Ambrogio Traversari, also referred to as Ambrose of Camaldoli (1386 – 20 October 1439), was an Italian monk and theologian who was a prime supporter of the papal cause in the 15th century. He is honored as a saint by the Camaldolese Order.
|Bust of Traversari in the sacristy cloister of the|
Church of St. Mary of the Angels, Florence, Italy
|Scholar, theologian and saint|
Prior General of the Camaldolese Order
Portico di Romagna,
Forlì, Papal States
|Died||20 October 1439|
Florence, Republic of Florence
|Venerated in||Roman Catholic Church|
Traversari was born near Forlì, in the village of Portico di Romagna in 1386. At the age of 14 he entered the Camaldolese Order in the Monastery of St. Mary of the Angels in Florence, and rapidly became a leading theologian and Hellenist.
Ambrose emerged as a leading advocate of papal primacy. This attitude he showed clearly when he attended the Council of Basel as legate of Pope Eugene IV and defended the primacy of the pope, adjuring the council not to “rend asunder Christ’s seamless robe”.
So strong was Ambrose’s hostility to some of the delegates that he described Basel as a western Babylon. He likewise supported the pope at Ferrara and Florence, and worked hard in the attempt to reconcile the Eastern and Western Churches.
But in this council, and later, in that of Florence, Ambrose, by his efforts and charity toward some poor Greek bishops, greatly helped to bring about a union of the two Churches, the decree for which, 6 July 1439, he was called on to draw up.
According to the author of his biography in the eleventh edition of the Encyclopædia Britannica: “Ambrose is interesting as typical of the new humanism which was growing up within the church.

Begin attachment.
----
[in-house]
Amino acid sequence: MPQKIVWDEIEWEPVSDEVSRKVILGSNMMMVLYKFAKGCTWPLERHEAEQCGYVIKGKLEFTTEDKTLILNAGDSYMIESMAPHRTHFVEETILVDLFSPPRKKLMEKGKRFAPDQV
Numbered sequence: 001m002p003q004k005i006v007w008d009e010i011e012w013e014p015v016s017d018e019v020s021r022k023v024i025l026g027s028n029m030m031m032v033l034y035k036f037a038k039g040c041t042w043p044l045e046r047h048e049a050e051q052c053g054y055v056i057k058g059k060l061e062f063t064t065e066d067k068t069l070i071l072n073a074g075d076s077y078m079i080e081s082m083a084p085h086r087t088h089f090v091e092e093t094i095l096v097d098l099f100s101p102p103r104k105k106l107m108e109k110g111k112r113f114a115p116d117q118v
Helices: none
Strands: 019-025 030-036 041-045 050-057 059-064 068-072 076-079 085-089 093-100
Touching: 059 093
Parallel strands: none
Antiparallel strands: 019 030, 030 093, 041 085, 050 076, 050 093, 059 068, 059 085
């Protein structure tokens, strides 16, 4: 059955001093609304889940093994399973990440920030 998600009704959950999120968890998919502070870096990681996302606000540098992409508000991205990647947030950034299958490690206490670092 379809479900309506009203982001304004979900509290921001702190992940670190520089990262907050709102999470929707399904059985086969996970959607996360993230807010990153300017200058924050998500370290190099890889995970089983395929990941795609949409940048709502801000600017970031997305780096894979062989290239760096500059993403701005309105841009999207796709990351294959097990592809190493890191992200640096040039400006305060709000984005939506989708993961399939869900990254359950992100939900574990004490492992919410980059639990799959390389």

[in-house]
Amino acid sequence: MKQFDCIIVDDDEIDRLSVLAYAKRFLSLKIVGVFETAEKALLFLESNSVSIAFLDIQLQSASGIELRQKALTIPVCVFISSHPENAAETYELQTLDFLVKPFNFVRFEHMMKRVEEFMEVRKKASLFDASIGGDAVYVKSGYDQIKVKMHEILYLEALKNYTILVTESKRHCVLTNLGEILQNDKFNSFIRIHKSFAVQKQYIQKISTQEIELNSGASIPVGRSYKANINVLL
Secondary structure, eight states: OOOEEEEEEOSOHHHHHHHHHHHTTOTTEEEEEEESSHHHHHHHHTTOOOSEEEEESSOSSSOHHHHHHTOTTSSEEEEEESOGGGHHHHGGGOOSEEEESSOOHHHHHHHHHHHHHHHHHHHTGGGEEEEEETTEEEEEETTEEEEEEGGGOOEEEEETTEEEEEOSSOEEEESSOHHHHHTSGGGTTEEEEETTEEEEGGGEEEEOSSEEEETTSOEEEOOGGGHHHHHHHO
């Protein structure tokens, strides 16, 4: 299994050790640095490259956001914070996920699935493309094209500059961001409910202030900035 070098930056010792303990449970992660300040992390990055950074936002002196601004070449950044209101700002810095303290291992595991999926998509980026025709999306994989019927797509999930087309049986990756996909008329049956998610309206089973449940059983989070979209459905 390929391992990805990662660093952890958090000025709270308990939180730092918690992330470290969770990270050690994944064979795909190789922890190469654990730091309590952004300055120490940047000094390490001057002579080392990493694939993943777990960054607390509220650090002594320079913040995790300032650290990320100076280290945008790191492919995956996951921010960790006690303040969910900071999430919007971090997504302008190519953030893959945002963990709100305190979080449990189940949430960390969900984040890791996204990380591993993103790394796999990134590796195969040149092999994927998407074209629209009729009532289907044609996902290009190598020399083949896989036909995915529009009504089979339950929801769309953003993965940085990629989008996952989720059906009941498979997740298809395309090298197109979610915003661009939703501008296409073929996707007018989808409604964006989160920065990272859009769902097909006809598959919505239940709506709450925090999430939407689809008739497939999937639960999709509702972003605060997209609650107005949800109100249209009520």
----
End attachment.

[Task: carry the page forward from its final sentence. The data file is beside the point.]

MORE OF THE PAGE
Thus while among his own colleagues he seemed merely a hypocritical and arrogant priest, in his relations with his brother humanists, such as Cosimo de’ Medici, he appeared as the student of classical antiquities and especially of Greek theological authors”.
He also translated from Greek into Latin a life of John Chrysostom (Venice, 1533); the Spiritual Wisdom of John Moschus; The Ladder of Divine Ascent of John Climacus (Venice, 1531), P.G., LXXXVIII.
He also translated four books against the errors of the Greeks, by Manuel Kalekas, Patriarch of Constantinople, a Dominican friar (Ingolstadt, 1608), P.G., CLII, col. 13-661, a work known only through Ambrose’s translation.
He also translated many homilies of John Chrysostom; the writings of Dionysius Areopagita (1436); Basil of Caesarea‘s treatise on virginity; thirty-nine discourses of Ephrem the Syrian, and many other works of the Fathers and writers of the Greek Church.
Selected works:
- Hodoeporicon, diary of a journey visiting the monasteries of Italy
- Epistolarium, correspondence
- translations of
A number of his manuscripts remain in the library of Saint Mark in Venice.
See Also Ambrose
- ^ Jump up to:a b c d e f Chisholm 1911.
- ^ Jump up to:a b c d e Becket 1913.
- ^ In his 1498 edition of these works, Jacques LeFèvre d’Étaples praised them as “The most holy works of the divine Dionysius the Areopagite, of such worth and excellence that no praise in words can hope to equal” (sacratissima opera tanta excellentie dignitate eminentia ut commendationis eorum nullus unquam verbis valeat assequi summam) Jacobus Faber Stapulensis piis lectoribus, Theologia Vivificans; cibus solidus, 1498. 
- ^ Jump up to:a b Drane, Augusta Theodosia. Christian Schools and Scholars, Burns and Oates, 1881, p. 602
- Credit goes to
- – Ambrose the Camaldulian, Italian theologian